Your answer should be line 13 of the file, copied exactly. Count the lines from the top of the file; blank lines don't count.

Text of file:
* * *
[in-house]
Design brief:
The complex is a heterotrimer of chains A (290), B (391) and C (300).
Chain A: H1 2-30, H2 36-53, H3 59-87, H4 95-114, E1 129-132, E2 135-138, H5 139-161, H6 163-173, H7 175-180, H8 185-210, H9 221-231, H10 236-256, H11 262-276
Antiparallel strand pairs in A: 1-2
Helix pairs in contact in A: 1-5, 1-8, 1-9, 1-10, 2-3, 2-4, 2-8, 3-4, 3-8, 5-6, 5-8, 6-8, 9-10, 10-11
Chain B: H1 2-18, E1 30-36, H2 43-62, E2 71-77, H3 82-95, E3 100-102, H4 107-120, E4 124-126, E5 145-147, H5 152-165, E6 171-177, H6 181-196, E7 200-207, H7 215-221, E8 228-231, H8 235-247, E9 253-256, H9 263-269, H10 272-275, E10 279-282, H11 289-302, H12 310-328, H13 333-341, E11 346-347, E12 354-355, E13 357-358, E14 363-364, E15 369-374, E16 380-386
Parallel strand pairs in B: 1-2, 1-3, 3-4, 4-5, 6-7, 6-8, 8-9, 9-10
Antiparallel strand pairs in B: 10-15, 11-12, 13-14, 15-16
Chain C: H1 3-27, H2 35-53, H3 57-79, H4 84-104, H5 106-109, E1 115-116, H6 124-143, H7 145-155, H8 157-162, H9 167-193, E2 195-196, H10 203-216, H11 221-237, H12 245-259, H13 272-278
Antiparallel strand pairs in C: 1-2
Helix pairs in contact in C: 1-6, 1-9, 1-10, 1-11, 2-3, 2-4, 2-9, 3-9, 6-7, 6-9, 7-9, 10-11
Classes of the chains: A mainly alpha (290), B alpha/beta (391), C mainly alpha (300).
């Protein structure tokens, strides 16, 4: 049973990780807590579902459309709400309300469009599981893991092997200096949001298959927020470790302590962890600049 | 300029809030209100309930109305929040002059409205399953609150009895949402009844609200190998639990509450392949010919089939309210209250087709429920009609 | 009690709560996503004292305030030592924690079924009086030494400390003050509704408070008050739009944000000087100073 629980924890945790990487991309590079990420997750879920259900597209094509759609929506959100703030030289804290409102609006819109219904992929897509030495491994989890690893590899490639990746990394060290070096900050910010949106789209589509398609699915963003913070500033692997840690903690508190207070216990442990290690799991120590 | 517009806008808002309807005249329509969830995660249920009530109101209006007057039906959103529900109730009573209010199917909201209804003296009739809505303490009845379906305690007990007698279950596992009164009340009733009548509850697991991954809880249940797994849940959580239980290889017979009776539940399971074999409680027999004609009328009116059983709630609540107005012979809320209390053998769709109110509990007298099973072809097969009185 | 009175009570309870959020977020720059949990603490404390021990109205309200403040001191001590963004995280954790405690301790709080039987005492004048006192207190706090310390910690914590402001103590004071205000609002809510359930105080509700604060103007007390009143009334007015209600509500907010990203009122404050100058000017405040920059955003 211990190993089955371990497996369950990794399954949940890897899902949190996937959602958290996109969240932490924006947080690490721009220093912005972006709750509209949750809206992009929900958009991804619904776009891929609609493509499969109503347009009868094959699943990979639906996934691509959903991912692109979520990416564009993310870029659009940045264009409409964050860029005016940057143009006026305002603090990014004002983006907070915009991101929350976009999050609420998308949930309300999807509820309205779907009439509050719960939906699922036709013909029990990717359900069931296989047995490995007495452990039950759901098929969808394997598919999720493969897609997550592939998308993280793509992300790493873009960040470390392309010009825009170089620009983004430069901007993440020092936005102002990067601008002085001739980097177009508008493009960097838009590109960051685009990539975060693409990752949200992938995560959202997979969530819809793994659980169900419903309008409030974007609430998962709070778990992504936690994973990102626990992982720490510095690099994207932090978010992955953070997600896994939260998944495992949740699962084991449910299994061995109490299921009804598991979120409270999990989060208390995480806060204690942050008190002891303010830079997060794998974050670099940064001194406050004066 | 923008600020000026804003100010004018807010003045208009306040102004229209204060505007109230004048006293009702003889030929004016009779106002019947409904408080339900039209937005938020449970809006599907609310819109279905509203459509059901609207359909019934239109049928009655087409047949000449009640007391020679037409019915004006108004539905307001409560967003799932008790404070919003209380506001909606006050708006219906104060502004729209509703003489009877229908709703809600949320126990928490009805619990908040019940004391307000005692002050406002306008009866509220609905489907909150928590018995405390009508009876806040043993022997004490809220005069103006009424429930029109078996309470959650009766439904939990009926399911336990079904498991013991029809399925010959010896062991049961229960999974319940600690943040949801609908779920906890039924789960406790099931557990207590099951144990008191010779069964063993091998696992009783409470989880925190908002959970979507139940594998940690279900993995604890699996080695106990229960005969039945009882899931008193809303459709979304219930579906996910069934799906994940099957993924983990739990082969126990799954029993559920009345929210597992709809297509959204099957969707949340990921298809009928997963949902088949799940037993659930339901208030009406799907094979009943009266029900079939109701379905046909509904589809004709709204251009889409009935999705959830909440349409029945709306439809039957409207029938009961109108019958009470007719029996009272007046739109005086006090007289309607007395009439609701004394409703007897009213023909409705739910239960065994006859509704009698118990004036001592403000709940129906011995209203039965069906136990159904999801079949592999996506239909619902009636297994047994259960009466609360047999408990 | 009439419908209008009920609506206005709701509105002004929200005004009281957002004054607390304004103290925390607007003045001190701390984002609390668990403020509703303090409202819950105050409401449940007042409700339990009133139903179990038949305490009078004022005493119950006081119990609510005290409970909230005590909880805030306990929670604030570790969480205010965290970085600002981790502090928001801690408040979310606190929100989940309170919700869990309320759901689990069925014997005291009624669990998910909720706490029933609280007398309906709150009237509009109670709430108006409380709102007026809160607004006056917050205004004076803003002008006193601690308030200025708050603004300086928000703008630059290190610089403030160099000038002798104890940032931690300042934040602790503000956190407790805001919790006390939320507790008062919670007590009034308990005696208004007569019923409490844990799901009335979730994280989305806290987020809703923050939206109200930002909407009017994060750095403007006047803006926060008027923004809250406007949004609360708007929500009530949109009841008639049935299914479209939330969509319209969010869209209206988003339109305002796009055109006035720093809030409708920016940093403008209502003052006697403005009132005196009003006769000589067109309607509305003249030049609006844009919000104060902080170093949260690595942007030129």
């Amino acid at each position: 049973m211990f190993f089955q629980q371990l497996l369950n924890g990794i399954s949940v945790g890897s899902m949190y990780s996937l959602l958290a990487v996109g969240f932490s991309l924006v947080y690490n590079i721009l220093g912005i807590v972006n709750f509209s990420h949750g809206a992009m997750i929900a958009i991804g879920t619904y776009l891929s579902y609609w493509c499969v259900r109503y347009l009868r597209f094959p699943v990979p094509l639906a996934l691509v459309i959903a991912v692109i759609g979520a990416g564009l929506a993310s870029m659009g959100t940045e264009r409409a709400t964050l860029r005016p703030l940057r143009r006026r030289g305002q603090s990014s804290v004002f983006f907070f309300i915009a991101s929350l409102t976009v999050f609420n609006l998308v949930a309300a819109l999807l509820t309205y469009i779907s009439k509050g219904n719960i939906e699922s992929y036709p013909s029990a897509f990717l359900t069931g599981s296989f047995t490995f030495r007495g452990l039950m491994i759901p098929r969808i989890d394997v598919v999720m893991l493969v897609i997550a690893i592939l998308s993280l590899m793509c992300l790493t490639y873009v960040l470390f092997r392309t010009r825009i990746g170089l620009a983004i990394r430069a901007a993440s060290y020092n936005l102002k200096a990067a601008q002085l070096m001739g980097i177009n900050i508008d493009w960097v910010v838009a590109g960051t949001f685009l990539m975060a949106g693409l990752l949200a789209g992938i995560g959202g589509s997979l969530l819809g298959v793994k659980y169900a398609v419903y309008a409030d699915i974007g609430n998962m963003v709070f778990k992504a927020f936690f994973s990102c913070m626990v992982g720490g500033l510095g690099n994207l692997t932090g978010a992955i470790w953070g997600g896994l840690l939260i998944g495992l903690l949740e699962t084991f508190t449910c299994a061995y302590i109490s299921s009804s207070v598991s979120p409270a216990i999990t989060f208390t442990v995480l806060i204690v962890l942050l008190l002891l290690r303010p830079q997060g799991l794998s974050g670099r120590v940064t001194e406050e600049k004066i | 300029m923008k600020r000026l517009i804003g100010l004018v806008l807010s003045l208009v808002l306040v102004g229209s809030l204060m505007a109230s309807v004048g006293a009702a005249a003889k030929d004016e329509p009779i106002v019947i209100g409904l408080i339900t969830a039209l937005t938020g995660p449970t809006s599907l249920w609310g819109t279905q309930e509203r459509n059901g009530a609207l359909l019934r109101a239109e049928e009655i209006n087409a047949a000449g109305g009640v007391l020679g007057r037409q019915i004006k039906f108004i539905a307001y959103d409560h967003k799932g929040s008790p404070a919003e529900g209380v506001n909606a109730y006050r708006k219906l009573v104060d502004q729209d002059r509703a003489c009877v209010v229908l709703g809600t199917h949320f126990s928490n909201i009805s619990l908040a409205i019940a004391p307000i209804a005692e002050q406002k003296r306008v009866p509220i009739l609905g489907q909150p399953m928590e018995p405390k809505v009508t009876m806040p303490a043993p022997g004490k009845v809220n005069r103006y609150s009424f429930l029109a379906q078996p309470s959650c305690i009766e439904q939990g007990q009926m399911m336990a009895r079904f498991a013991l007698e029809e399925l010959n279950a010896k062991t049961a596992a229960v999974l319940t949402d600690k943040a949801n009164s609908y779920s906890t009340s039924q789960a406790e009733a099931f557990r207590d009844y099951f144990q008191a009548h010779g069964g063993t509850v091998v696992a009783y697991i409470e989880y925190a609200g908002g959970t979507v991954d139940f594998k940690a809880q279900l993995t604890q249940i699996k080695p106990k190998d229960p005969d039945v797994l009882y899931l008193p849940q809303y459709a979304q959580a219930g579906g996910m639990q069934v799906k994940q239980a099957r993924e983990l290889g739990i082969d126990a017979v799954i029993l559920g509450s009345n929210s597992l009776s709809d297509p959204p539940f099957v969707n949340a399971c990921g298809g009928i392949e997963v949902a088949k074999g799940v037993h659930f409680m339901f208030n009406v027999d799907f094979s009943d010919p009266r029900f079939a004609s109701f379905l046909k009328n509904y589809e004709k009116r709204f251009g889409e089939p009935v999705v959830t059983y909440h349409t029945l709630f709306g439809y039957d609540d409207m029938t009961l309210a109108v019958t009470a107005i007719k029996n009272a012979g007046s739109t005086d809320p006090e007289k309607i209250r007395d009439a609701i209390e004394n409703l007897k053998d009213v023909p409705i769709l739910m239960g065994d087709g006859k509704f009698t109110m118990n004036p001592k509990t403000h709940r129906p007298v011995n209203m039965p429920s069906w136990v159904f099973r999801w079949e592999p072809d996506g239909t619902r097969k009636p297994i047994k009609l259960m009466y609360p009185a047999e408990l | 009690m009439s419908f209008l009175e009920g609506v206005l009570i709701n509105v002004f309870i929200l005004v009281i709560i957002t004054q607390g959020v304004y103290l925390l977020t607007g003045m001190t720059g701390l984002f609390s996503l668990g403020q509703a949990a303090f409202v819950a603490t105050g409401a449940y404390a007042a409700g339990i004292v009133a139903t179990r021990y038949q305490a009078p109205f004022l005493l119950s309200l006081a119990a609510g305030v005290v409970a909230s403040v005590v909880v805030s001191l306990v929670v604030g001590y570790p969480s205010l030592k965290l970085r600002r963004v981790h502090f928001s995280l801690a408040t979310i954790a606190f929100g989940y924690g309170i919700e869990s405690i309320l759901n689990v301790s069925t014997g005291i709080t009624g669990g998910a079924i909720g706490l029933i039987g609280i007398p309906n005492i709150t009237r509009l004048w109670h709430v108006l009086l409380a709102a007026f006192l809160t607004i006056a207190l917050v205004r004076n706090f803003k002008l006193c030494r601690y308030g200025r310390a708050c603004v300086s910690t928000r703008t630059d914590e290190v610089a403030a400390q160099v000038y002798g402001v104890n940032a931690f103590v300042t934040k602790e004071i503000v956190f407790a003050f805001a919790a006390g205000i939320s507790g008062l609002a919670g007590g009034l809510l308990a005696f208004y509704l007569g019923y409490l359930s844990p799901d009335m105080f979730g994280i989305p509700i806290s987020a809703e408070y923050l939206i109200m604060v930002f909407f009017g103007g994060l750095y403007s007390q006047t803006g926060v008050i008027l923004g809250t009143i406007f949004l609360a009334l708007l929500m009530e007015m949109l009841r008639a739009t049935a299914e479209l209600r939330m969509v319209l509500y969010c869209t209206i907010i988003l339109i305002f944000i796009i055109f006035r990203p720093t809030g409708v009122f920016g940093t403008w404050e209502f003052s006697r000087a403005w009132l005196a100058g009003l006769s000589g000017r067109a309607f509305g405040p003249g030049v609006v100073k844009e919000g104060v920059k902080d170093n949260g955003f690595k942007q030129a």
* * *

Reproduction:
Classes of the chains: A mainly alpha (290), B alpha/beta (391), C mainly alpha (300).